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Biden leads Sanders by 7 in new national poll

Former Vice President Joe Biden has a 7-point lead over Sen. Bernie Sanders (I-Vt.) in a new national poll, with Sen. Elizabeth Warren (D-Mass.) in a distant third place.

The latest Monmouth University survey finds Biden at 30 percent, followed by Sanders at 23 percent and Warren at 14 percent. All three candidates saw a modest increase in support, with Biden gaining 4 points, Sanders 2 and Warren 3.

Former New York City Mayor Michael Bloomberg, who has not been in any debates but is spending tens of millions of dollars on a self-funded national advertising campaign, comes in fourth place at 9 percent support, up from 5 percent in the previous survey.

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Former South Bend, Ind., Mayor Pete Buttigieg is at 6 percent, followed by Sen. Amy Klobuchar (D-Minn.) at 4 percent and businessman Andrew Yang at 3 percent.

“With the exception of Bloomberg’s entry, this race looks pretty much like it did six months ago,” said Monmouth pollster Patrick Murray. “But that stability masks the potential for sizable swings once the first contests are held. Iowa and New Hampshire will play a major role in shaping national voter preferences.”

The primary race took a bitter and unexpected turn last week after Warren accused Sanders of telling her in a private meeting that a woman could not win the White House. Sanders denies making the remark.

The Monmouth poll found that 74 percent of Democratic voters say it doesn’t matter whether the party nominates a man or a woman to run against President Trump, while 13 percent say it is better to nominate a man and 8 percent say it’s better to nominate a woman.

“It might make for great TV, but most Democrats seem immune to the ‘he said, he didn’t say’ dust-up between Sanders and Warren,” said Murray. “Or at least they say that gender doesn’t matter.”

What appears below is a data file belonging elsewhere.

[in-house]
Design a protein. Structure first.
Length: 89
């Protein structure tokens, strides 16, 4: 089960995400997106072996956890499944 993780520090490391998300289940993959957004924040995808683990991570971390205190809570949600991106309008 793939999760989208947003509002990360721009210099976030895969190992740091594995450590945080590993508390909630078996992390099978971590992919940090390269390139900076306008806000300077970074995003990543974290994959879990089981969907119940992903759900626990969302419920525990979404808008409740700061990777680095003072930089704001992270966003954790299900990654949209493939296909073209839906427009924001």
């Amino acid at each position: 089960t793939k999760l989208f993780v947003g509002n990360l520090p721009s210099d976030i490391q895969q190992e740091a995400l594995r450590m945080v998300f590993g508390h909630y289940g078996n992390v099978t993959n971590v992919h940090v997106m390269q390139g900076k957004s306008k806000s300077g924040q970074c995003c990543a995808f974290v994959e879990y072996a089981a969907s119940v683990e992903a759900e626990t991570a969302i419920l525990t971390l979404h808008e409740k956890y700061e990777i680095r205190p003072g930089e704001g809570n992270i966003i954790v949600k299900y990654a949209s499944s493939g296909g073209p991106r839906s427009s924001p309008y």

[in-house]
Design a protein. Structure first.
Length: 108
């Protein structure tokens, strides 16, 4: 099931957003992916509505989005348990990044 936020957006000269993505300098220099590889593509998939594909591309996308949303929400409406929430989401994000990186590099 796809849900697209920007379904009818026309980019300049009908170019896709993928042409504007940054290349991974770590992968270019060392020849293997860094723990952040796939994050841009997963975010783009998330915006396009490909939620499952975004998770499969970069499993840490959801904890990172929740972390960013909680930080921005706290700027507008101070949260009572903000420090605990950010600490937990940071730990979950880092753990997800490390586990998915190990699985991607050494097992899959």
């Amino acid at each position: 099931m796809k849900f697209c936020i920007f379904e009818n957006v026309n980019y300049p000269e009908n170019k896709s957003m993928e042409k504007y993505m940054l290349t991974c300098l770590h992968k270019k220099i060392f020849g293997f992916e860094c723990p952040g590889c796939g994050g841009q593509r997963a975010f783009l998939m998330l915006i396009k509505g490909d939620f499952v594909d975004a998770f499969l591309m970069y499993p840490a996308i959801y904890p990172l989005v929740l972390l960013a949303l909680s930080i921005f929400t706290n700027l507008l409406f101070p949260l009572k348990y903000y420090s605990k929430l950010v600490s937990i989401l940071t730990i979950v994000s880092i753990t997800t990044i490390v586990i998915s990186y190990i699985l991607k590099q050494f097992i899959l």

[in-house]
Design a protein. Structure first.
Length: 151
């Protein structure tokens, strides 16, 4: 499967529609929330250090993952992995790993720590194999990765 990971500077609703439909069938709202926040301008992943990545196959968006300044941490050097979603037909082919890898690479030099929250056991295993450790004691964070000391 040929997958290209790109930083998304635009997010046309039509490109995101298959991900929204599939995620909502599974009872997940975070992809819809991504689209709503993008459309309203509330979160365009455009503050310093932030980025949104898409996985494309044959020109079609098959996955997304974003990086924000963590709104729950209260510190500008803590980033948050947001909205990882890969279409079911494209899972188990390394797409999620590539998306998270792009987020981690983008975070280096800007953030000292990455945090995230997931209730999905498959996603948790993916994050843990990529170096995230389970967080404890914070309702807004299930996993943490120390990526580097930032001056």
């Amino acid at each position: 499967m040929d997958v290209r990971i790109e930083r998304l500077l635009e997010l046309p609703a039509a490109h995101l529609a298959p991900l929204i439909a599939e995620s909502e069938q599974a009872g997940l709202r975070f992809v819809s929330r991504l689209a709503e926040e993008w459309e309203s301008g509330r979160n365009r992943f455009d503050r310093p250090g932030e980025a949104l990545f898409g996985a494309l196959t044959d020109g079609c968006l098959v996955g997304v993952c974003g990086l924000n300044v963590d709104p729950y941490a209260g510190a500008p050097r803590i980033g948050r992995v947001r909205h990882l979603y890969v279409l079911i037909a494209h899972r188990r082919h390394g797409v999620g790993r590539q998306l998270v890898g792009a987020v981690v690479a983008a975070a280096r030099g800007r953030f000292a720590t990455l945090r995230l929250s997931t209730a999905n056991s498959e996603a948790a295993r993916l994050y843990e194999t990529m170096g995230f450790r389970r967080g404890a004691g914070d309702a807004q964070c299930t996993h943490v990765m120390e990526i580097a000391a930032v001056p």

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A strong majority of Democratic voters, 58 percent, said the nominating process should be changed to feature a single national primary in which every state votes on the same day, rather than the current set-up, in which Iowa, New Hampshire, Nevada and South Carolina are the first four to vote.

Only 11 percent of Democrats want to keep the calendar the way it is, while 15 percent said the system should be modified to increase the number of early-voting states. Another 10 percent support grouped state primaries.

Fifty-six percent of Democrats said voters in Iowa and New Hampshire have too much influence in picking the nominee.

The primary calendar has been in focus this year as the Democrats’ largest and most diverse field ever has been whittled down to the top four candidates, who are all white.

There were no people of color on stage at last week’s debate in Des Moines, Iowa, and critics say this is a result of two predominantly white states being the first to cast ballots.

“Most Democratic voters would like to see an overhaul of the primary calendar,” said Murray. “This view appears to be more out of a sense of fairness to the party’s diverse electorate than concerns they might have about the ability of Iowa and New Hampshire voters to properly vet the field.”

The Monmouth University survey of 372 Democrats was conducted between Jan. 16 and Jan. 20 and has a 5.1 percentage point margin of error.

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